That means that while Home Depot stock yields 2% now, a buyer five years ago is now getting 5.7% on their initial investment. Don’t overlook the power of a modest starting yield that grows explosively. On top of that, Home Depot is buying back tons of stock. Since 2010, the amount of Home Depot stock outstanding has plunged from 1.8 billion shares then to just 1.15 billion today. That creates a ton of value for the remaining stockholders and supercharges returns and dividend growth.

HD Stock Verdict

Home Depot is the best-in-class retailer in its niche. It’s largely Amazon resistant, and has built a nice web presence itself. Furthermore, its international efforts, particularly in Mexico, give it further growth opportunities even with the US market tapped out.

That said, HD stock is expensive in its own terms and compared against Lowe’s. The U.S. market is unlikely to perform nearly as well as in the past, leading to falling profit margins. Home Depot is a great company, but the stock price reflects that already. As for what the stock will do for the remainder of 2018, much will come down to whether this earnings whiff was a one-off or the start of a problematic trend.

At the time of this writing, the author held no positions in any of the aforementioned securities. You can reach him on Tw

5 Stocks That Could Be the Next Amazon

Amazon.com, Inc. (NASDAQ:AMZN) has been one of the more impressive stocks of the past 25 years. In fact, AMZN now has returned nearly 100,000% from its IPO price of $18 ($1.50 adjusted for the company’s subsequent stock splits).

A large part of the returns have come from two factors. First, Amazon has vastly expanded its reach. What originally was just an online bookseller now has its hands in everything from cloud computing to online media to groceries. And its shadow is even larger. A potential entry by Amazon has rattled pharmacy stocks and medical distributors, among others.

Secondly, as a stock, AMZN has managed the feat of keeping a growth stock valuation for over two decades. I’ve long argued that investors can’t focus solely on the company’s high P/E ratio to value Amazon stock. But however wise an investor might the current multiple is, the market has assigned a substantial premium to AMZN stock for over 20 years now.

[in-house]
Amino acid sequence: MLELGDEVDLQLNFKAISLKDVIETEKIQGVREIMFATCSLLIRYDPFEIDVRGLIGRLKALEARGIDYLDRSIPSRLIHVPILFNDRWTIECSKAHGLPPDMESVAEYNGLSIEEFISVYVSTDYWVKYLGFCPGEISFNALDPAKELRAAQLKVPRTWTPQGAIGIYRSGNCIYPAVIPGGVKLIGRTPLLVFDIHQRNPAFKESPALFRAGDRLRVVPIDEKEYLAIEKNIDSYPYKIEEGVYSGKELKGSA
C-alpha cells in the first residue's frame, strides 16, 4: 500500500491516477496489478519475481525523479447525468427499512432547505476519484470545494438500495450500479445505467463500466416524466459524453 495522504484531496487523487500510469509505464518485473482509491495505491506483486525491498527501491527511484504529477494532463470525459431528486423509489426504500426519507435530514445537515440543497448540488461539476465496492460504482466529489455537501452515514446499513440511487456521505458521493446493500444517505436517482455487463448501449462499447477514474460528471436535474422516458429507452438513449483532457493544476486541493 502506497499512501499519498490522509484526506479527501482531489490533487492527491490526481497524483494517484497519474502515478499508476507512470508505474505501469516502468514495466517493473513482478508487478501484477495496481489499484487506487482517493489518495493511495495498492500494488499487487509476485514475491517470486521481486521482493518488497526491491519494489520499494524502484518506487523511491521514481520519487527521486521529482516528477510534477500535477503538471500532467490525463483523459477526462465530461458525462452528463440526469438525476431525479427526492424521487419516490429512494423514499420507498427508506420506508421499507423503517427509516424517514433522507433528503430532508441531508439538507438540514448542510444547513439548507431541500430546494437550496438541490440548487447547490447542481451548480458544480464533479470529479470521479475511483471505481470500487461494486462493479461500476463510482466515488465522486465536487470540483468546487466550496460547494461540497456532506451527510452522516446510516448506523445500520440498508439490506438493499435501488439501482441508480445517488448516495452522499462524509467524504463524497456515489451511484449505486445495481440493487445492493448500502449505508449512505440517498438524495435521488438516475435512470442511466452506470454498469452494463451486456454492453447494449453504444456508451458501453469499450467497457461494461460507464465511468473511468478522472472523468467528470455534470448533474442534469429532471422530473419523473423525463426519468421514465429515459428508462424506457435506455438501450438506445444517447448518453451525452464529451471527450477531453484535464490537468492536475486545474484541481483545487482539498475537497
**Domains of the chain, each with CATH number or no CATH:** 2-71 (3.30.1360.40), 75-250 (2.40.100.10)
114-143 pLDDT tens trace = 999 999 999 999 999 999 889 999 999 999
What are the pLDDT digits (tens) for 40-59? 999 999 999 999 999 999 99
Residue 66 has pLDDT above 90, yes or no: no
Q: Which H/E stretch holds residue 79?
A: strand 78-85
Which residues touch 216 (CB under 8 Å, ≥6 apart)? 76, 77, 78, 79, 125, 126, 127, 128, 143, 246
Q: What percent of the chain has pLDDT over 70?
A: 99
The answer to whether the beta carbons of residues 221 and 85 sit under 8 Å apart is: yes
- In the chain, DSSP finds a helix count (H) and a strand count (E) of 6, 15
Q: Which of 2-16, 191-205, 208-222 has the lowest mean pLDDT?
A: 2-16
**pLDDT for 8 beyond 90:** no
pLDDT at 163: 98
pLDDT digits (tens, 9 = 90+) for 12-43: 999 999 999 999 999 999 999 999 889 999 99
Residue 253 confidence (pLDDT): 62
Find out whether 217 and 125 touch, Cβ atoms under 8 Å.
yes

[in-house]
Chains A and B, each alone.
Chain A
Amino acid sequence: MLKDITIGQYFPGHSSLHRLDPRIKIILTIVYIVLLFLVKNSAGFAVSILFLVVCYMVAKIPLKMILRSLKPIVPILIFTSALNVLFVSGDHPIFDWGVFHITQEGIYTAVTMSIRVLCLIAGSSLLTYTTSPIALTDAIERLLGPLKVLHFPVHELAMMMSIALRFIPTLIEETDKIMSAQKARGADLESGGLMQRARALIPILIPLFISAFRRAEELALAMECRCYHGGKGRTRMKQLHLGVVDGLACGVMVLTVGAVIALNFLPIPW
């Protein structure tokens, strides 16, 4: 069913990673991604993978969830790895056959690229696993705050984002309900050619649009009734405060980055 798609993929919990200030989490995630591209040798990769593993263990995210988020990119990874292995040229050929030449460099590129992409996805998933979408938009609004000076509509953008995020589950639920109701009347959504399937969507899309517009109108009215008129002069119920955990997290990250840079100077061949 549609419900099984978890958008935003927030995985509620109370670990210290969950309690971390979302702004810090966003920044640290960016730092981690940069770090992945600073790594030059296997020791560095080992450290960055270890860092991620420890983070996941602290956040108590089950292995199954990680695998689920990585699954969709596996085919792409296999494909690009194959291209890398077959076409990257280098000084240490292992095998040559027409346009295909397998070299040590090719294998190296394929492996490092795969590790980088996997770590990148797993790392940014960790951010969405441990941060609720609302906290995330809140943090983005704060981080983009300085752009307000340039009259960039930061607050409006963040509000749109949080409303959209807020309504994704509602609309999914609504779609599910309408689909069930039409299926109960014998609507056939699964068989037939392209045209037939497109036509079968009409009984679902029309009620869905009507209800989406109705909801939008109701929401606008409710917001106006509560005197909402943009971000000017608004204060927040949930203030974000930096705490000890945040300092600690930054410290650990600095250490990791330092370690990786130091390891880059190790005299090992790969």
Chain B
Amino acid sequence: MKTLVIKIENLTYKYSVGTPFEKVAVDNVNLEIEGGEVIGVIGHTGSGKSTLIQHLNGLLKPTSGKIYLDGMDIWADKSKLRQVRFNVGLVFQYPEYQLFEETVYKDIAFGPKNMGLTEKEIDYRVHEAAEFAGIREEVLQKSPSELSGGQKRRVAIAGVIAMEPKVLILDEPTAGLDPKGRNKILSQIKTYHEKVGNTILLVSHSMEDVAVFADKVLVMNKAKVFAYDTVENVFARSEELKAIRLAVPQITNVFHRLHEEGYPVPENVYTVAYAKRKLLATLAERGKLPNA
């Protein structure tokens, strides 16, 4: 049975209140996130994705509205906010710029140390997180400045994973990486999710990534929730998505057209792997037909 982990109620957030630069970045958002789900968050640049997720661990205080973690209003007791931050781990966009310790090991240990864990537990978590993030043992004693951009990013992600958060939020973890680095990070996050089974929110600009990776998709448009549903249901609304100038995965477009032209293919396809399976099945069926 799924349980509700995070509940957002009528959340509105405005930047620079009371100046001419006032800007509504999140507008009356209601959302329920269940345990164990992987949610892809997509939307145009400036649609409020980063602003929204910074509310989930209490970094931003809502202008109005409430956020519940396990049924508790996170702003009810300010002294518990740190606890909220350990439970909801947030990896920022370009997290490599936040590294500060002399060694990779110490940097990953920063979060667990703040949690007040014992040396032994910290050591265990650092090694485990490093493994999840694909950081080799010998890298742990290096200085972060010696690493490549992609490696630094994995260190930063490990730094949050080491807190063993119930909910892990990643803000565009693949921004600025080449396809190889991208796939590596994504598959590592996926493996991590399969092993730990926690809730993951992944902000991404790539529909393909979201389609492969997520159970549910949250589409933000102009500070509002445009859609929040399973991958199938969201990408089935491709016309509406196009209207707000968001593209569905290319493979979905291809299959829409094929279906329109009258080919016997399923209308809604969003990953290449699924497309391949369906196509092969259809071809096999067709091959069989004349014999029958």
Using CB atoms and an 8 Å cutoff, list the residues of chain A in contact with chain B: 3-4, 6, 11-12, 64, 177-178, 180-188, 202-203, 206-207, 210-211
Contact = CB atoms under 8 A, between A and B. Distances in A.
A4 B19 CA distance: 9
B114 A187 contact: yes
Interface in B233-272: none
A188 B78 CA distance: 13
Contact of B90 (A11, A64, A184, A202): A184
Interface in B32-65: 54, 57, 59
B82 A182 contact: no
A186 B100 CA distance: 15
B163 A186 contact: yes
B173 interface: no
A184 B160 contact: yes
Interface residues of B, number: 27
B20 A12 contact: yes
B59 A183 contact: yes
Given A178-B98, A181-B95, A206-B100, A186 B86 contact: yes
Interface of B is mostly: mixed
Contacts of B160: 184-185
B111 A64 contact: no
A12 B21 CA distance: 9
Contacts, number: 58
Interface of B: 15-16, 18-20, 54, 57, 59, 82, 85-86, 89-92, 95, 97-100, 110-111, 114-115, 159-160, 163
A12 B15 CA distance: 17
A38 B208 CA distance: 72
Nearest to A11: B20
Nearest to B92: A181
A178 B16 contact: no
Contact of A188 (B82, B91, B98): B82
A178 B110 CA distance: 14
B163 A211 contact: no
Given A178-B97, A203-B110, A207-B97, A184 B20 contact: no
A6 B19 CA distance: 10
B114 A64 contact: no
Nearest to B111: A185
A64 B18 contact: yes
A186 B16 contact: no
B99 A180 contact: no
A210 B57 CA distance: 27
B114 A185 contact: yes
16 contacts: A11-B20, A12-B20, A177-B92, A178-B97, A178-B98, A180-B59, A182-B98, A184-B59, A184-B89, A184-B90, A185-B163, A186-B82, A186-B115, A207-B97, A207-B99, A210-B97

It’s an impressive combination — and one that’s likely impossible, or close, to duplicate. But these five stocks have the potential to at least replicate parts of the Amazon formula. All five have years, if not decades, of growth ahead. New market opportunities abound. And while I’m not predicting that any will rise 100,000% — or 1,000% — these five stocks do have the potential for impressive long-term gains.

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5 Stocks That Could Be the Next Amazon Stock: JD.com (JD) 5 Stocks That Could Be the Next Amazon Stock: JD.com (JD)Source: Daniel Cukier via Flickr

JD.com Inc(ADR) (NASDAQ:JD) is the company closest to following Amazon’s model. While rival Alibaba Group Holdings Ltd (NYSE:BABA) gets most of the attention, it’s JD.com that truly should be called the “Amazon of China,” as Will Healy pointed out in December.

Like Amazon (and unlike Alibaba), JD.com holds inventory and is investing in a cutting-edge supply chain. It, too, is expanding into grocery, like Amazon did with its acquisition of Whole Foods Market. A partnership with Walmart Inc (NYSE:WMT) should further help its off-line ambitions. JD.com even is cautiously entering the finance industry.

That ability to both provide best-in-class logistics and satisfy a wide range of customer needs is what has made Amazon a success. And while JD may not rise to the scale of Amazon, at its current valuation it doesn’t have to. After a recent pullback, JD trades at less than 26x forward EPS. That’s despite 40% revenue growth in 2017, and expectations for a 30% increase in 2018.

And it sets up a scenario where JD stock could — if sentiment finally turns in its favor for good — appreciate for years, thanks to both strong bottom-line growth and an expanding multiple from optimistic investors.